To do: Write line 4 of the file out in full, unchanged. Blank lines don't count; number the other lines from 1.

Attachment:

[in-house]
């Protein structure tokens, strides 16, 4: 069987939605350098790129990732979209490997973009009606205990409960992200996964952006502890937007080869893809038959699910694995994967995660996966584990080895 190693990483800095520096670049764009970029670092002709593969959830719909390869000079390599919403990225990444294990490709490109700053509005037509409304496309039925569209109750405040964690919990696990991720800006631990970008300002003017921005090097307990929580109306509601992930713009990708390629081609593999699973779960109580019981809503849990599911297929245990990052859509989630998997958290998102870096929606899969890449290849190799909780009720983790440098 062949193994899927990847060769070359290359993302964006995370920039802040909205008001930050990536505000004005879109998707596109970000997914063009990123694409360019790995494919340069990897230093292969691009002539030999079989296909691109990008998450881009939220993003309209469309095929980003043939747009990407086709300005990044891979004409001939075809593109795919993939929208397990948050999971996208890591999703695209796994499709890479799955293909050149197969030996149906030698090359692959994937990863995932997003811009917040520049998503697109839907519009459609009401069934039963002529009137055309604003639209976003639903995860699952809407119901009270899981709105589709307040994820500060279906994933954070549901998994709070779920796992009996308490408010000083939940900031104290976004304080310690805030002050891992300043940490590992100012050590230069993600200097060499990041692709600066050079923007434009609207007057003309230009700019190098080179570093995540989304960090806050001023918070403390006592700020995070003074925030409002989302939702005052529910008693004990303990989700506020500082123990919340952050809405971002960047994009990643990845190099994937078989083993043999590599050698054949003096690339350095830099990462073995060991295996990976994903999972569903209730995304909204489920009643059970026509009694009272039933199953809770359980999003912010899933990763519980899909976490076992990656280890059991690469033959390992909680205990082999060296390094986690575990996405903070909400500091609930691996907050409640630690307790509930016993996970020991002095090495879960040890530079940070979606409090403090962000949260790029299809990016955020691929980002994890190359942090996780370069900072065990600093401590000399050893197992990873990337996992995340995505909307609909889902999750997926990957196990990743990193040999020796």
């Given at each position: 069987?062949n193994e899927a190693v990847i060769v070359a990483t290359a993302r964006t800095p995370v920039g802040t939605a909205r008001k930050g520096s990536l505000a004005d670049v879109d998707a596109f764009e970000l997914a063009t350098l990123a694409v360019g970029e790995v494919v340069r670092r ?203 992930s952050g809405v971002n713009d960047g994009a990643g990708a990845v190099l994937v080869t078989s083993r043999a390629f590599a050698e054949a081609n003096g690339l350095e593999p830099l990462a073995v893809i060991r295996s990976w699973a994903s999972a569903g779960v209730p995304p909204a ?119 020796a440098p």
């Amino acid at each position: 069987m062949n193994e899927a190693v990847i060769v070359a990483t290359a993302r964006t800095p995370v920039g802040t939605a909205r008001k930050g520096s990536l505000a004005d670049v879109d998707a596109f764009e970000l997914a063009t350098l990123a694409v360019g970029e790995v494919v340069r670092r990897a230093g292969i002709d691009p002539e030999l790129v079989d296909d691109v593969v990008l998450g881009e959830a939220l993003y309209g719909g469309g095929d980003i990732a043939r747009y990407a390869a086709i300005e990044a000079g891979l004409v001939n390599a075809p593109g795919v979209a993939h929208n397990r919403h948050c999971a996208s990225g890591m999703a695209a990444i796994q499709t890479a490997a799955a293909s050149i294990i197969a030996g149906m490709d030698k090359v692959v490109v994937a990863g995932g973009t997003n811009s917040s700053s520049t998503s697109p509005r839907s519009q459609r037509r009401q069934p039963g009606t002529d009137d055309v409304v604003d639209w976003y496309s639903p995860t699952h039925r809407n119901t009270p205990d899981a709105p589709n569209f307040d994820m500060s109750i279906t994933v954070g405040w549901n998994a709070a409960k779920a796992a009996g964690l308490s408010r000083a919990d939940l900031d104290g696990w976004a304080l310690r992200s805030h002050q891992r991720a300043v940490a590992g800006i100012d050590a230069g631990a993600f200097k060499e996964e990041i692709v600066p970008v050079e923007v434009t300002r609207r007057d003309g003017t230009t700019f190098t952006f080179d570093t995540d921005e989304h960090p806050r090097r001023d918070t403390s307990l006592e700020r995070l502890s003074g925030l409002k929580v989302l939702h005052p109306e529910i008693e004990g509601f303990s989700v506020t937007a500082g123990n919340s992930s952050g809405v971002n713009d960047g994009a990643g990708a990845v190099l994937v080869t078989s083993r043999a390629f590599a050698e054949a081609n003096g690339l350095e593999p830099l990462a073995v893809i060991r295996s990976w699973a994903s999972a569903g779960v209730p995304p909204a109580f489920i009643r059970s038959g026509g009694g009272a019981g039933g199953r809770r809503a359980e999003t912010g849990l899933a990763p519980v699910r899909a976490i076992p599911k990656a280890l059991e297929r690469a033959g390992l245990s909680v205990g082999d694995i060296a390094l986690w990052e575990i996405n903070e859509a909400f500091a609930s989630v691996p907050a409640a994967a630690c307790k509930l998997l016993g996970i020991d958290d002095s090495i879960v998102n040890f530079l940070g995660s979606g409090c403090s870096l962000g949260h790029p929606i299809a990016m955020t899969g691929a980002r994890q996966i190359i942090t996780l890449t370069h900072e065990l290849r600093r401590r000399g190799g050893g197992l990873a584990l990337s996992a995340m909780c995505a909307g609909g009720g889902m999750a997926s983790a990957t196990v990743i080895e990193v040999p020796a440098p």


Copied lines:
């Amino acid at each position: 069987m062949n193994e899927a190693v990847i060769v070359a990483t290359a993302r964006t800095p995370v920039g802040t939605a909205r008001k930050g520096s990536l505000a004005d670049v879109d998707a596109f764009e970000l997914a063009t350098l990123a694409v360019g970029e790995v494919v340069r670092r990897a230093g292969i002709d691009p002539e030999l790129v079989d296909d691109v593969v990008l998450g881009e959830a939220l993003y309209g719909g469309g095929d980003i990732a043939r747009y990407a390869a086709i300005e990044a000079g891979l004409v001939n390599a075809p593109g795919v979209a993939h929208n397990r919403h948050c999971a996208s990225g890591m999703a695209a990444i796994q499709t890479a490997a799955a293909s050149i294990i197969a030996g149906m490709d030698k090359v692959v490109v994937a990863g995932g973009t997003n811009s917040s700053s520049t998503s697109p509005r839907s519009q459609r037509r009401q069934p039963g009606t002529d009137d055309v409304v604003d639209w976003y496309s639903p995860t699952h039925r809407n119901t009270p205990d899981a709105p589709n569209f307040d994820m500060s109750i279906t994933v954070g405040w549901n998994a709070a409960k779920a796992a009996g964690l308490s408010r000083a919990d939940l900031d104290g696990w976004a304080l310690r992200s805030h002050q891992r991720a300043v940490a590992g800006i100012d050590a230069g631990a993600f200097k060499e996964e990041i692709v600066p970008v050079e923007v434009t300002r609207r007057d003309g003017t230009t700019f190098t952006f080179d570093t995540d921005e989304h960090p806050r090097r001023d918070t403390s307990l006592e700020r995070l502890s003074g925030l409002k929580v989302l939702h005052p109306e529910i008693e004990g509601f303990s989700v506020t937007a500082g123990n919340s992930s952050g809405v971002n713009d960047g994009a990643g990708a990845v190099l994937v080869t078989s083993r043999a390629f590599a050698e054949a081609n003096g690339l350095e593999p830099l990462a073995v893809i060991r295996s990976w699973a994903s999972a569903g779960v209730p995304p909204a109580f489920i009643r059970s038959g026509g009694g009272a019981g039933g199953r809770r809503a359980e999003t912010g849990l899933a990763p519980v699910r899909a976490i076992p599911k990656a280890l059991e297929r690469a033959g390992l245990s909680v205990g082999d694995i060296a390094l986690w990052e575990i996405n903070e859509a909400f500091a609930s989630v691996p907050a409640a994967a630690c307790k509930l998997l016993g996970i020991d958290d002095s090495i879960v998102n040890f530079l940070g995660s979606g409090c403090s870096l962000g949260h790029p929606i299809a990016m955020t899969g691929a980002r994890q996966i190359i942090t996780l890449t370069h900072e065990l290849r600093r401590r000399g190799g050893g197992l990873a584990l990337s996992a995340m909780c995505a909307g609909g009720g889902m999750a997926s983790a990957t196990v990743i080895e990193v040999p020796a440098p």